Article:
“I get to be active and do loads of experiments that you don't get to do in school a lot," Rebecca said. “In school, you're doing more writing and you don't have the resources and drones. But here you have loads of robotics."
Ana Pinheiro, a Geographic Information Systems Scientist at the NCI Agency and a volunteer at the event, said another Agency volunteer brought two HEXBUGs, mini robots with sensors, for the attendees to see.
“There was one though that was really weird. It looked like a larva but believe it or not there was one girl begging to take it home as a pet. She even gave it a name, 'Cutie,'" Pinheiro said.
Pinheiro said she volunteered to contribute because she really believes in the cause.
“These events are extremely important because they give awareness to the girls at an age where they soon will be making choices about what they want to do as a job," Pinheiro said. “These events are empowering their future choices."
Events such as this are important to show girls that every domain, including science, is open to all, Albano said.
“Focusing on girls means that they feel empowered, special and shown that there are and have been great strides in science because of women," Albano said.
Bob Essad, Branch Head of Operations Support Services at the NCI Agency, volunteered to have an impact on girls who do not know their career potential.
“The g4g programme provided them insight to what the possibilities are for these careers, and more importantly, it gives them some understanding of what the different jobs might be like," Essad said.
Martir Gallardo said her father pushed her to pursue studies in engineering.
“When it came to choose my studies, though I was good at maths, engineering was not in the top of my list, as I thought I was not good enough," Martir Gallardo said. “Now, I feel I have to help others to prevent them from having those same thoughts, by showing that STEM is not so frightening."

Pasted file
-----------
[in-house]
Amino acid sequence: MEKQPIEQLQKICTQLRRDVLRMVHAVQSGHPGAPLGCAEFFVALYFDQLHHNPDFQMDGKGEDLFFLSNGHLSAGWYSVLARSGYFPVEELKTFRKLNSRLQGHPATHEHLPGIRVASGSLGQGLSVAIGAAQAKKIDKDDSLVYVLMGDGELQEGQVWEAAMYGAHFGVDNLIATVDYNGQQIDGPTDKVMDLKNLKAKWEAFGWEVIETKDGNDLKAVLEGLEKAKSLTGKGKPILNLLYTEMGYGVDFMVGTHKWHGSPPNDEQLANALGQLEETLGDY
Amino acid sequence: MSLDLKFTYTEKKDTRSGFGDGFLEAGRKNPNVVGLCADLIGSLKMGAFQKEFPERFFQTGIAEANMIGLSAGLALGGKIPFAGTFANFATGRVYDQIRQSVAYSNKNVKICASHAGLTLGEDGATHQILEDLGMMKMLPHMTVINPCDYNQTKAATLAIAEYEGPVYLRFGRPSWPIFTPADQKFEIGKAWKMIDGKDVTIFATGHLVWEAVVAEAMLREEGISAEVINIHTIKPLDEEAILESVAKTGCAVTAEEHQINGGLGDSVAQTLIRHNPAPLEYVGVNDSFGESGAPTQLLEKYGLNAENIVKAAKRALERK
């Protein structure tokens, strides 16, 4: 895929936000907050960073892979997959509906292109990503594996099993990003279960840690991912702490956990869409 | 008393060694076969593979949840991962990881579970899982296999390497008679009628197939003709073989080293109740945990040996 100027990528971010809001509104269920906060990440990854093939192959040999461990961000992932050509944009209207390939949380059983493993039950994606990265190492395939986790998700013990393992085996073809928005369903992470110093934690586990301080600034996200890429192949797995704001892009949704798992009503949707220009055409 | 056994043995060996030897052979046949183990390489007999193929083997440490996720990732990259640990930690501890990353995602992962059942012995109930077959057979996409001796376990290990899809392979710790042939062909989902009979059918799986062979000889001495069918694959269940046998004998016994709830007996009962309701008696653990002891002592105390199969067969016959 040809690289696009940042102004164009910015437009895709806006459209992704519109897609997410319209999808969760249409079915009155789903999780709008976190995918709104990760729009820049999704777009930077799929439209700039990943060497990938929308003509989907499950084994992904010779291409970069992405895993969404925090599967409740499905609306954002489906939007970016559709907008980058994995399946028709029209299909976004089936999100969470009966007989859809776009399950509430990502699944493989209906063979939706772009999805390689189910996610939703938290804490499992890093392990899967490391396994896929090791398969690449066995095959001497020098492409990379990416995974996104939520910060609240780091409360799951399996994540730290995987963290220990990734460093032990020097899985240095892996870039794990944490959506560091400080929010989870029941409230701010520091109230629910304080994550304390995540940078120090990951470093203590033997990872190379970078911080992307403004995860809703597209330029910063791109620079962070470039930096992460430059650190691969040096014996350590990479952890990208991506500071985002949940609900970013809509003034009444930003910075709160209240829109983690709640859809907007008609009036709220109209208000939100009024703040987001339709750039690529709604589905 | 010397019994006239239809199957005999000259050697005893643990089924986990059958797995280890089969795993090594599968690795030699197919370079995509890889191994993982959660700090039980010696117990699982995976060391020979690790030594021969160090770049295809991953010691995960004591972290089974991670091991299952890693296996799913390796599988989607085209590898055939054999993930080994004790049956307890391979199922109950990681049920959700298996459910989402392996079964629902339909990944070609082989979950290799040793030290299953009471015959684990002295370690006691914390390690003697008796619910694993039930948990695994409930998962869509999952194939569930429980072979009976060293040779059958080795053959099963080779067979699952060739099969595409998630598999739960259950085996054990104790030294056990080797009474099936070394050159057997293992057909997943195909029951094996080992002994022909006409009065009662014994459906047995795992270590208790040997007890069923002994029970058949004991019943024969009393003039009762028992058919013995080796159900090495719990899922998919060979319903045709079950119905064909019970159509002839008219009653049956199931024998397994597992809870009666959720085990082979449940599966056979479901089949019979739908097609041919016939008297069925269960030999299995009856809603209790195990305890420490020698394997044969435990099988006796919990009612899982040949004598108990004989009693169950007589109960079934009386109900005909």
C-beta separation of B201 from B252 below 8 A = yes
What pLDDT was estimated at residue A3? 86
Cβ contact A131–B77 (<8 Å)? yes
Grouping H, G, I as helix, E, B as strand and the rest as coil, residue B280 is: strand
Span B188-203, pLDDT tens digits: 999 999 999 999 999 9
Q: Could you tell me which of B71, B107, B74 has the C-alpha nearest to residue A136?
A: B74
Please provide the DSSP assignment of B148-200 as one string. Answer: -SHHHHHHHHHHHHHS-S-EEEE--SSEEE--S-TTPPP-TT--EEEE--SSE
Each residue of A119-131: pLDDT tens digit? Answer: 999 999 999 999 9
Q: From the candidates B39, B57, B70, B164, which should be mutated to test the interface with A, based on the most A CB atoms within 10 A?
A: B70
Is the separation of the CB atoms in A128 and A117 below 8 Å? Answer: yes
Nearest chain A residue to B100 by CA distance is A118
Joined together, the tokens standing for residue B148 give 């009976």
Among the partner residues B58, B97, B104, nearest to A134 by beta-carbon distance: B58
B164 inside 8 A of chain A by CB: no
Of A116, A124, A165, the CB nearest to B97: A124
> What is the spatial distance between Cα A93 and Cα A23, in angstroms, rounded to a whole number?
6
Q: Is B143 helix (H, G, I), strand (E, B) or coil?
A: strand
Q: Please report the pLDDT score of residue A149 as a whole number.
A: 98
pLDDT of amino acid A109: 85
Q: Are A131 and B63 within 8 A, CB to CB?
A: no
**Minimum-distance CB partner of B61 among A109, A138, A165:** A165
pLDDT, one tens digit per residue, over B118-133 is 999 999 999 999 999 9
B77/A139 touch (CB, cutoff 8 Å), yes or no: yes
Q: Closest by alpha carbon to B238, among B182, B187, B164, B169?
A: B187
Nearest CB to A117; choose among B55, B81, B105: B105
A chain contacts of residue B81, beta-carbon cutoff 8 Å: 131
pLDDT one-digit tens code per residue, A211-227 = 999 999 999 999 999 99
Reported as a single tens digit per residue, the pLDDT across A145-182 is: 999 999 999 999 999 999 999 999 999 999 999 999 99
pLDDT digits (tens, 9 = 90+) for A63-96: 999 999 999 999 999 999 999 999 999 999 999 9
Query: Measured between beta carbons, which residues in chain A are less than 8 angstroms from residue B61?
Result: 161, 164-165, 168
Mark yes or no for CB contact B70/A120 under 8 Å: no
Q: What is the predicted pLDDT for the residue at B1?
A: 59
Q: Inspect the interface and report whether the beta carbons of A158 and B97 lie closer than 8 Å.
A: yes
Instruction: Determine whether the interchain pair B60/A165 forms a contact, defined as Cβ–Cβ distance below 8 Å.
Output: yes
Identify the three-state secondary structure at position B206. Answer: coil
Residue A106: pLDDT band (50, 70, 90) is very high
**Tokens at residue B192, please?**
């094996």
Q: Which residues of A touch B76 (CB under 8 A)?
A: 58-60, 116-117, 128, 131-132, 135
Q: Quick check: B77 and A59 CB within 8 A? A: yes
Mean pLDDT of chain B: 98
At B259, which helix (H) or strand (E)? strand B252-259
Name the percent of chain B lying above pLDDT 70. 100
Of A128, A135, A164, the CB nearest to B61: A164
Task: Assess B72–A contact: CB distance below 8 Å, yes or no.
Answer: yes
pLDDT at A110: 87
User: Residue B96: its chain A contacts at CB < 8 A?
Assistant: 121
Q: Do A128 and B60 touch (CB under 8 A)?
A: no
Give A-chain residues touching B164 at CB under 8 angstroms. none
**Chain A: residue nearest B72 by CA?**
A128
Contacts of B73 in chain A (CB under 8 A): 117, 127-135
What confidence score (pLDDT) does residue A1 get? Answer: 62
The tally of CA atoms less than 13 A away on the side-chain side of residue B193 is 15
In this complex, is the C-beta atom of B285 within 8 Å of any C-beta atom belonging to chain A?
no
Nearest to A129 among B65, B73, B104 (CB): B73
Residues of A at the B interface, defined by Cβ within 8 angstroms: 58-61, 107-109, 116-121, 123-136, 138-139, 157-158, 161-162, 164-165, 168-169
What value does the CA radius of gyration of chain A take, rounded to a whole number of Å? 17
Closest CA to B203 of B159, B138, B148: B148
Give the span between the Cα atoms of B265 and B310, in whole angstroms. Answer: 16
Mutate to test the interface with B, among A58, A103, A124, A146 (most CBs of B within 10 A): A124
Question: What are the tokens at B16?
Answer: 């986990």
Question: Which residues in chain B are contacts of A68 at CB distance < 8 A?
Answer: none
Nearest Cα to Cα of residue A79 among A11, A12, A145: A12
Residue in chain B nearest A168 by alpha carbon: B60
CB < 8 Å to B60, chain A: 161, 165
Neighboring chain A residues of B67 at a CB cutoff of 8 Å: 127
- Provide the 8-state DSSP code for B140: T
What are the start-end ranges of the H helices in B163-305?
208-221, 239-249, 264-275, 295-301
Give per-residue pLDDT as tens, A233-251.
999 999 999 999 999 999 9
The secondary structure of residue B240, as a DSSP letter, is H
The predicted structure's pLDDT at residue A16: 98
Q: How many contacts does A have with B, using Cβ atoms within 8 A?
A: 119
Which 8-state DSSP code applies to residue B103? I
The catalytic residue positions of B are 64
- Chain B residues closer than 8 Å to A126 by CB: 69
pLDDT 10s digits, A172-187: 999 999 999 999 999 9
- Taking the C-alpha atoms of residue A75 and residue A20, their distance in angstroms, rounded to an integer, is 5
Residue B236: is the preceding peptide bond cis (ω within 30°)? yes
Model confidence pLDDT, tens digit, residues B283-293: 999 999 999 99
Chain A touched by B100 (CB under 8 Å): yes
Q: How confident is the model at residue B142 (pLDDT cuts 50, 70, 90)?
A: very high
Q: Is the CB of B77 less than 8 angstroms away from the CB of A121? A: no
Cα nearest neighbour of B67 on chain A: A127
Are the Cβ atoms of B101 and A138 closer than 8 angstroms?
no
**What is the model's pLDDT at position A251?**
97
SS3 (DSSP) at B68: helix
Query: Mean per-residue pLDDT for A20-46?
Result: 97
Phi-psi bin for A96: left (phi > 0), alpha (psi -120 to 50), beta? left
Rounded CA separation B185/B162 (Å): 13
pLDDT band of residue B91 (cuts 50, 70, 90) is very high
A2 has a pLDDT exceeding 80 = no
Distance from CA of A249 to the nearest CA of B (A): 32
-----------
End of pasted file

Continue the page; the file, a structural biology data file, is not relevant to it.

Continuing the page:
Dalia, an 11-year-old attendee who enjoys science and maths, is considering a career where she could do science experiments, like biology or chemistry.
“First I was a bit 'uh I don't really want to do it.' But actually it's quite fun," Dalia said of the event. “I'm learning a lot of stuff. We learned a lot about sensors, and how they work, and radars. And we made a drone."
Aleks Lubierska, Project Management Principle Assistant at the NCI Agency and a volunteer at the event, said a particularly memorable moment was seeing a girl's amazement after crashing the drone she had just built, in a spectacular fashion.
“I really appreciated being given the privilege of showing the girls that they can do something that often is described as 'boys' thing,'" Lubierska said. “It was encouraging and empowering even for me as an adult."
With a little encouragement and guidance from the Agency volunteers, the girl was able to build the drone herself and test it. And when she crashed it, the whole team applauded her.
The Agency volunteers also made a “drone repair center" for the event. After the girls crashed a drone they learned to fix it, including soldering the wires if required.
“We as an Agency, employ some amazing people, who are smart, passionate and dedicated to their jobs, and to sharing their love for what they do," Lubierska said. “I think in our daily work lives we sometime forget the why of being in the Agency. It's amazing and much needed to be reminded."